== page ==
“One of US President Barack Obama’s most publicized and internationally applauded first acts upon coming into office was his executive order to shut down the detention center at Guantanamo Bay within a year”, as Sara Kuepfer Thakkar wrote in an analysis for the Zurich-based ISN Security Watch, but “The deadline for closing Guantanamo, which expires today [this was published yesterday, Friday 22 January 2010], has not been met”.
The Guantanamo Naval Base Detention Facility was opened on 11 January 2002, to imprison suspects in George W. Bush’s War on Terror.
At the time that this War on Terror was declared, experts warned that it could be a long time before it could be declared over — a fact which could create multiple problems, including what to do with the detainees being held in various covert facilities around the world.
President Obama has ordered an end to the terminology (“War on Terror”), but it seems that the policies and practices die harder.
Sara Kuepfer Thakkar wrote in her ISN analysis that “The prison at Guantanamo Bay had become a symbol of American abuse of Muslims, a convenient recruiting tool for al-Qaida, and thus a real liability for a war that ultimately can only be won by securing the support of Muslims around the world …
The ISN analysis continued: “But the majority of detainees will likely remain in a legal limbo state indefinitely. The evidence for convicting them is too feeble; yet, they are deemed too dangerous to be released. The case of Guantanamo Bay is becoming another indication of how little has changed during the first year of the Obama administration. It gives weight to the argument that Obama has essentially adopted many of Bush’s counterterrorism policies, considering that Bush had already been taking steps to close Guantanamo and modified the system of military commissions during his second term. Meanwhile, new torture allegations at Guantanamo are surfacing. In a disturbing article published by Harper’s magazine on Monday, Scott Horton investigates three mysterious ‘suicides’ allegedly committed by Guantanamo inmates in June 2006. As Horton explains, the military’s narrative of the reported suicides is implausible and does not jibe with other evidence. Drawing on testimonies of officers who were on duty during the night of the three deaths, Horton concludes that the prisoners most likely suffocated during aggressive interrogation at a secret facility that involved stuffing rags in their throats. Not the deaths themselves, but their continued cover-up by the military and various US government agencies, implicate the Obama administration, which has refused to thoroughly investigate the 2006 alleged suicides and other alleged crimes committed inside US detention facilities. The system is broken. No talk of ‘change’ will ever rectify that. True change can only come about by first finding out what kind of abuses have happened inside terrorist detention facilities, and how they have been allowed to happen. The Obama administration needs to eliminate every loophole and secret directive that could be understood as a green light to engage in immoral and illegal practices. Anything less would not be true ‘change’, but simple tinkering with policies that have been wrong-headed from the beginning. Obama has not abolished the Bush-era system of military commissions, nor has he found a new answer to the problem of preventive detention. Meanwhile, the US continues to maintain unsupervised military detention facilities in Afghanistan (such as at Bagram Air Base) and elsewhere, where suspected terrorists are held beyond the reach of the US justice system. Considering their continued existence, new cases of prisoner abuse are just waiting to happen”… This analysis can be read in full here.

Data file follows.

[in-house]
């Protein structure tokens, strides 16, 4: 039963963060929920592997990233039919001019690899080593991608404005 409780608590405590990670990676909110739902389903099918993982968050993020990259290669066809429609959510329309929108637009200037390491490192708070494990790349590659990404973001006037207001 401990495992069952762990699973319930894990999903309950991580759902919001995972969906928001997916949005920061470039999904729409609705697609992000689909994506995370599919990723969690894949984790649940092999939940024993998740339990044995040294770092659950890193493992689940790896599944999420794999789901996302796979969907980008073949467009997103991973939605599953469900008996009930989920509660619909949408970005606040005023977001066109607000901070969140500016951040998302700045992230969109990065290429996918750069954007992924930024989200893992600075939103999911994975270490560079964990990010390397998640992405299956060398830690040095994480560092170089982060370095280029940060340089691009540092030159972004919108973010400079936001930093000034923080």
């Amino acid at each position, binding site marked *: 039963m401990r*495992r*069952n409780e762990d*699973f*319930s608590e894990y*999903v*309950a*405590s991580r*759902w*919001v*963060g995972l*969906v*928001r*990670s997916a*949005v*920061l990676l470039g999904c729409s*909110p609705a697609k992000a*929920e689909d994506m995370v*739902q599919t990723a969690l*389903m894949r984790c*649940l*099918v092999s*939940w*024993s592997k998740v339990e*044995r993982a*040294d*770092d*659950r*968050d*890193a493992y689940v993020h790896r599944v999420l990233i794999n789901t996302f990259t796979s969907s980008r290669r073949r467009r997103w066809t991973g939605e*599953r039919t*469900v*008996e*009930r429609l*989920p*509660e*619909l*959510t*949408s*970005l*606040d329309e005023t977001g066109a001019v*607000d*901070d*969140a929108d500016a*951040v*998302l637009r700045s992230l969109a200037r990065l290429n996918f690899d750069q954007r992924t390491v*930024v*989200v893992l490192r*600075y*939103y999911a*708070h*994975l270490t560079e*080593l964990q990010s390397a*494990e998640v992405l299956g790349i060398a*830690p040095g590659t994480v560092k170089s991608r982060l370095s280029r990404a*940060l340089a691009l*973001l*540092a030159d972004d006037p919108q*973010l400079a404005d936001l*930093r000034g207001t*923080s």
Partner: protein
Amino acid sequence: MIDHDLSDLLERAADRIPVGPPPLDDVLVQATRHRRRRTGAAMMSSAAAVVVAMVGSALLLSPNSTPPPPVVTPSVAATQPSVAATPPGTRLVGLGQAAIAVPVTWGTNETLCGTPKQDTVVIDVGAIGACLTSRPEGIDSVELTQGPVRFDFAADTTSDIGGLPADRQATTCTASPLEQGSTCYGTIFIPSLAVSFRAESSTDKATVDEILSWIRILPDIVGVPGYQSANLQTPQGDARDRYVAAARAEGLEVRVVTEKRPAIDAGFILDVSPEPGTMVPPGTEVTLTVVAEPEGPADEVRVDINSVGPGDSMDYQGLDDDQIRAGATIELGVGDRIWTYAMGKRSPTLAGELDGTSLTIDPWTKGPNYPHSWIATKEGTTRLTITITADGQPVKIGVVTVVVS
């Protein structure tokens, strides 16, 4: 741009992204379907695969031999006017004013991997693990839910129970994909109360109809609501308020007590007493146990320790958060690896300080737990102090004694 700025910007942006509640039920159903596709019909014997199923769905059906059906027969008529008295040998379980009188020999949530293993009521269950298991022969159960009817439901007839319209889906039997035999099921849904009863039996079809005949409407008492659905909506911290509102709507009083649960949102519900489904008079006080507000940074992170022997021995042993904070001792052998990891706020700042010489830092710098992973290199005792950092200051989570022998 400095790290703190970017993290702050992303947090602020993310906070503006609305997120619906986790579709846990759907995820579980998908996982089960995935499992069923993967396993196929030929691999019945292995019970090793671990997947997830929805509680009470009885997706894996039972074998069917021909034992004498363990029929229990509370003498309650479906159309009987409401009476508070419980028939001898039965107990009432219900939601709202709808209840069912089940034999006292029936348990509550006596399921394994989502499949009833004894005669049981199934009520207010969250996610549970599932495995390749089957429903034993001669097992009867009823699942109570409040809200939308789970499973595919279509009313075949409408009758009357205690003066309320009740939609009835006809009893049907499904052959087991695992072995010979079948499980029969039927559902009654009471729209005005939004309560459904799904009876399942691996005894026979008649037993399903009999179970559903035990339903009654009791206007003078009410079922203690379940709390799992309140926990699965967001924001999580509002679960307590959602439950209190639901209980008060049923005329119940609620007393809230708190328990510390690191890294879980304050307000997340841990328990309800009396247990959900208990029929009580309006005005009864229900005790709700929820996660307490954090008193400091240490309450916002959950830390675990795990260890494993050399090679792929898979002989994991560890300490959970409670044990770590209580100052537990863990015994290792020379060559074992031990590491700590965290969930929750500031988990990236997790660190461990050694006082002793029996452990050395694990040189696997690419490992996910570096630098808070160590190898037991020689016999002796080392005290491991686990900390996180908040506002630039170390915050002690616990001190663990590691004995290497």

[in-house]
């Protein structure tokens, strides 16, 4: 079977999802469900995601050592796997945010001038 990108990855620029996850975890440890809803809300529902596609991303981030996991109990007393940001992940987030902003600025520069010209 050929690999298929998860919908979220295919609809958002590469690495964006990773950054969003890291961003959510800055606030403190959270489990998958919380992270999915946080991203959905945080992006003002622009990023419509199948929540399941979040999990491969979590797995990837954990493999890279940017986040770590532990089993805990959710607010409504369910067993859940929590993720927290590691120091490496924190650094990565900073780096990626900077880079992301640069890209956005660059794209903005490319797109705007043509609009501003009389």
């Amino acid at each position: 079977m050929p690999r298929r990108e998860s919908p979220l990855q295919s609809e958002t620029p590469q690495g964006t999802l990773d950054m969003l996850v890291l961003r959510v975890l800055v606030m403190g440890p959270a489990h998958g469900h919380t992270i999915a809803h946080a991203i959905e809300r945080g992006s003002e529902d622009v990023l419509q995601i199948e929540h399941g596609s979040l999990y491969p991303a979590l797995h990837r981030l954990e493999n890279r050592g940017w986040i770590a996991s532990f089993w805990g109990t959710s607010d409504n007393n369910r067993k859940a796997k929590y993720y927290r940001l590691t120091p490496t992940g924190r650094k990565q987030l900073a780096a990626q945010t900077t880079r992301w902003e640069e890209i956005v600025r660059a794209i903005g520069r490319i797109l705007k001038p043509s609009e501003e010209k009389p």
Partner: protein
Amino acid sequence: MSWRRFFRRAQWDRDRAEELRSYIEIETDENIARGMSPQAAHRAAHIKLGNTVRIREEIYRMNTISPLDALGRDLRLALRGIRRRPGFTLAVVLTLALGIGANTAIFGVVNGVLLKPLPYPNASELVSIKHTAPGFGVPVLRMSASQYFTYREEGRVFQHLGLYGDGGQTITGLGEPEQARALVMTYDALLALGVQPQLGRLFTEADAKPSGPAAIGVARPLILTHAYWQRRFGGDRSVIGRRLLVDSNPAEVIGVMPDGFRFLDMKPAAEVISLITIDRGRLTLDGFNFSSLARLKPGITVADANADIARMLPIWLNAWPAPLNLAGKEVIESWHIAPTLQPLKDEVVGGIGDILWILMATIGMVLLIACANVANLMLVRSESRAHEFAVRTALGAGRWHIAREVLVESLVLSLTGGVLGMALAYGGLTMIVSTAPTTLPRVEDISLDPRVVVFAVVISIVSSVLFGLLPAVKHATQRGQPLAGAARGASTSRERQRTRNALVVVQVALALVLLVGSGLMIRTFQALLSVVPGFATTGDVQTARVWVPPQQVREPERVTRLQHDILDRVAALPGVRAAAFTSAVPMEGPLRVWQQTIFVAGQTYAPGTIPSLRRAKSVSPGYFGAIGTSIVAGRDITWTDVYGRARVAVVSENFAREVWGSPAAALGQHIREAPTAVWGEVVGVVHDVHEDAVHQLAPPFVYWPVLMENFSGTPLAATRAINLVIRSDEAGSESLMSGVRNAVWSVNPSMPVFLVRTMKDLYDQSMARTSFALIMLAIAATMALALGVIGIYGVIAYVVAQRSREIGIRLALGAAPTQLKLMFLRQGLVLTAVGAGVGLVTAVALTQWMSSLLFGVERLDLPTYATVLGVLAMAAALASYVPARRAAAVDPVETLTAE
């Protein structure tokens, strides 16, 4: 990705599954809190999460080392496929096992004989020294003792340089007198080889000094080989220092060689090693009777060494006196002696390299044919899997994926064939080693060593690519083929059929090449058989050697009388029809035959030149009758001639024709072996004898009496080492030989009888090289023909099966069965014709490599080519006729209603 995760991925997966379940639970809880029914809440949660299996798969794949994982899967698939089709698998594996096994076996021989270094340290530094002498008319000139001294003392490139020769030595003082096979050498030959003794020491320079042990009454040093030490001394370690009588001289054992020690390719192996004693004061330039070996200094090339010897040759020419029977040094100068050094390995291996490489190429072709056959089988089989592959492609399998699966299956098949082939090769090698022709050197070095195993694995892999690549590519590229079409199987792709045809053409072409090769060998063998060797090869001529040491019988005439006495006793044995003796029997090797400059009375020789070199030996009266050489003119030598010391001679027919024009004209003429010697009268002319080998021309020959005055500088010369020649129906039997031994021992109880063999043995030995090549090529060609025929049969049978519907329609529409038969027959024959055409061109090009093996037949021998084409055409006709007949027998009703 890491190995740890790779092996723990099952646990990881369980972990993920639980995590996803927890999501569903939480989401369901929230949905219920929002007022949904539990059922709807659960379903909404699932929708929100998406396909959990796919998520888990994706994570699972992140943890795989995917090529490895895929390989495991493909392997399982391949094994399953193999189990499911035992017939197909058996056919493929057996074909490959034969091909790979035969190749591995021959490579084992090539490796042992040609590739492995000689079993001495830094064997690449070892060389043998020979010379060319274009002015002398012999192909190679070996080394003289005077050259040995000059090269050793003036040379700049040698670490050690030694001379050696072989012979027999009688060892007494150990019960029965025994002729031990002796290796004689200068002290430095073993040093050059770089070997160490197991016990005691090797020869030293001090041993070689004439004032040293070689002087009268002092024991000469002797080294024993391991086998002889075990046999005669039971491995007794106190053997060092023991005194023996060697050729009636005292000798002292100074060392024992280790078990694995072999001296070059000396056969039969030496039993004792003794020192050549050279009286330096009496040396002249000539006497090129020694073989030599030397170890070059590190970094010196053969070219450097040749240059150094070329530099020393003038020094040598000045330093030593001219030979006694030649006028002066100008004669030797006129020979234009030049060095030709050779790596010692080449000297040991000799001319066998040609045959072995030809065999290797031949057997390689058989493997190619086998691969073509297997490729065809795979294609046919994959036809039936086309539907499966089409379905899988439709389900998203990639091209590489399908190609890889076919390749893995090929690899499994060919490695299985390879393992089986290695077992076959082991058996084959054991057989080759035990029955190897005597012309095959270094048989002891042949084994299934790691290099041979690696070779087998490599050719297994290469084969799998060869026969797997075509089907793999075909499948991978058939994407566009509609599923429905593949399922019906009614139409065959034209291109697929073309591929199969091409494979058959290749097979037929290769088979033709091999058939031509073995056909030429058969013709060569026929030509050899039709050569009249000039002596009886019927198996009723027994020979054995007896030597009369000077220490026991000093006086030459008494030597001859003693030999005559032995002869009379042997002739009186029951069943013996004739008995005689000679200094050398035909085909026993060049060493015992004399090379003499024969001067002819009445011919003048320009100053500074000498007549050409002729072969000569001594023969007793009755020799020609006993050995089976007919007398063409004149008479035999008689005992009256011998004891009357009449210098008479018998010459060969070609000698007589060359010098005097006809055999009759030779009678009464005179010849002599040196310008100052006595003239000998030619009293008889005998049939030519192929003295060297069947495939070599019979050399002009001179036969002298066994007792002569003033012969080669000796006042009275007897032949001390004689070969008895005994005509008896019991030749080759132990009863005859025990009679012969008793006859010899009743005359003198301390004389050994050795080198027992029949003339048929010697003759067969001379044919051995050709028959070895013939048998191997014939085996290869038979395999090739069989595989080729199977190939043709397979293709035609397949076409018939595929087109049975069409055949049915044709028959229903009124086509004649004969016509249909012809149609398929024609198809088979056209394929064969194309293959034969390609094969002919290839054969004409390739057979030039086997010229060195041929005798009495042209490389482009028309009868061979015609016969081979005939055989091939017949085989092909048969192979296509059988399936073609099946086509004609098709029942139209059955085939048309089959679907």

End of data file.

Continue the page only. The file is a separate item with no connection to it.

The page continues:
From a link in this analysis, it is possible to find the Obama executive order, entitled REVIEW AND DISPOSITION OF INDIVIDUALS DETAINED AT THE GUANTÁNAMO BAY NAVAL BASE AND CLOSURE OF DETENTION FACILITIES, which was signed on 22 January 2009 and published here.
The Obama Executive Order to close Guantanamo Bay Naval Base detention facilities says: “By the authority vested in me as President by the Constitution and the laws of the United States of America, in order to effect the appropriate disposition of individuals currently detained by the Department of Defense at the Guantánamo Bay Naval Base (Guantánamo) and promptly to close detention facilities at Guantánamo, consistent with the national security and foreign policy interests of the United States and the interests of justice, I hereby order as follows:
Sec. 2. Findings.
(a) Over the past 7 years, approximately 800 individuals whom the Department of Defense has ever determined to be, or treated as, enemy combatants have been detained at Guantánamo. The Federal Government has moved more than 500 such detainees from Guantánamo, either by returning them to their home country or by releasing or transferring them to a third country. The Department of Defense has determined that a number of the individuals currently detained at Guantánamo are eligible for such transfer or release.
(b) Some individuals currently detained at Guantánamo have been there for more than 6 years, and most have been detained for at least 4 years. In view of the significant concerns raised by these detentions, both within the United States and internationally, prompt and appropriate disposition of the individuals currently detained at Guantánamo and closure of the facilities in which they are detained would further the national security and foreign policy interests of the United States and the interests of justice. Merely closing the facilities without promptly determining the appropriate disposition of the individuals detained would not adequately serve those interests. To the extent practicable, the prompt and appropriate disposition of the individuals detained at Guantánamo should precede the closure of the detention facilities at Guantánamo.
(c) The individuals currently detained at Guantánamo have the constitutional privilege of the writ of habeas corpus. Most of those individuals have filed petitions for a writ of habeas corpus in Federal court challenging the lawfulness of their detention.
(d) It is in the interests of the United States that the executive branch undertake a prompt and thorough review of the factual and legal bases for the continued detention of all individuals currently held at Guantánamo, and of whether their continued detention is in the national security and foreign policy interests of the United States and in the interests of justice. The unusual circumstances associated with detentions at Guantánamo require a comprehensive interagency review.